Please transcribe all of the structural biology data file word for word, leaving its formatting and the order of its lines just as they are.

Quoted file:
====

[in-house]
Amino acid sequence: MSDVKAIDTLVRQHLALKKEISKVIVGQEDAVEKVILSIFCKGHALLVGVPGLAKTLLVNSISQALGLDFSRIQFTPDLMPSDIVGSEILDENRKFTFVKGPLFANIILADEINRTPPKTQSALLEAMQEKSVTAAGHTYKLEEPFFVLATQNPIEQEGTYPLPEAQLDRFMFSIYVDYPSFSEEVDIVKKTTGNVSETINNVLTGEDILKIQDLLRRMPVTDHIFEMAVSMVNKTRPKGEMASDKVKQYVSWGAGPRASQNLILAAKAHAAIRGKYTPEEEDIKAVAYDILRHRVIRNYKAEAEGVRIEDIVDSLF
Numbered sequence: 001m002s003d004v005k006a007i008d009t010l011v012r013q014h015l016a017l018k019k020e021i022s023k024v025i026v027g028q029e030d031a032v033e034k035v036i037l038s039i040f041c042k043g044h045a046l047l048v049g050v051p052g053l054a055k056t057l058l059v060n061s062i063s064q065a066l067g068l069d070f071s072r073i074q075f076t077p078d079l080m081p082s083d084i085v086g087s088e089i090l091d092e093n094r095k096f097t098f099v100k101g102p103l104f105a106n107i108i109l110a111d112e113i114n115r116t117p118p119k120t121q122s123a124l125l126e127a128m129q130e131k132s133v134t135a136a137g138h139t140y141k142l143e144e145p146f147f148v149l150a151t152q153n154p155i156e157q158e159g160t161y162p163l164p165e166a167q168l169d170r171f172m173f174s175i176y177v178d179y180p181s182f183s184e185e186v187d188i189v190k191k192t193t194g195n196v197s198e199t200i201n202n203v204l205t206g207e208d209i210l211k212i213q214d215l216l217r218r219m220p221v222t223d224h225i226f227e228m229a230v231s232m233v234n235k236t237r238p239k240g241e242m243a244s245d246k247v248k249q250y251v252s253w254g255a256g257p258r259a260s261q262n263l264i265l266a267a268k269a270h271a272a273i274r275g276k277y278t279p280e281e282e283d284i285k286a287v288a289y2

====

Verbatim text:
[in-house]
Amino acid sequence: MSDVKAIDTLVRQHLALKKEISKVIVGQEDAVEKVILSIFCKGHALLVGVPGLAKTLLVNSISQALGLDFSRIQFTPDLMPSDIVGSEILDENRKFTFVKGPLFANIILADEINRTPPKTQSALLEAMQEKSVTAAGHTYKLEEPFFVLATQNPIEQEGTYPLPEAQLDRFMFSIYVDYPSFSEEVDIVKKTTGNVSETINNVLTGEDILKIQDLLRRMPVTDHIFEMAVSMVNKTRPKGEMASDKVKQYVSWGAGPRASQNLILAAKAHAAIRGKYTPEEEDIKAVAYDILRHRVIRNYKAEAEGVRIEDIVDSLF
Numbered sequence: 001m002s003d004v005k006a007i008d009t010l011v012r013q014h015l016a017l018k019k020e021i022s023k024v025i026v027g028q029e030d031a032v033e034k035v036i037l038s039i040f041c042k043g044h045a046l047l048v049g050v051p052g053l054a055k056t057l058l059v060n061s062i063s064q065a066l067g068l069d070f071s072r073i074q075f076t077p078d079l080m081p082s083d084i085v086g087s088e089i090l091d092e093n094r095k096f097t098f099v100k101g102p103l104f105a106n107i108i109l110a111d112e113i114n115r116t117p118p119k120t121q122s123a124l125l126e127a128m129q130e131k132s133v134t135a136a137g138h139t140y141k142l143e144e145p146f147f148v149l150a151t152q153n154p155i156e157q158e159g160t161y162p163l164p165e166a167q168l169d170r171f172m173f174s175i176y177v178d179y180p181s182f183s184e185e186v187d188i189v190k191k192t193t194g195n196v197s198e199t200i201n202n203v204l205t206g207e208d209i210l211k212i213q214d215l216l217r218r219m220p221v222t223d224h225i226f227e228m229a230v231s232m233v234n235k236t237r238p239k240g241e242m243a244s245d246k247v248k249q250y251v252s253w254g255a256g257p258r259a260s261q262n263l264i265l266a267a268k269a270h271a272a273i274r275g276k277y278t279p280e281e282e283d284i285k286a287v288a289y2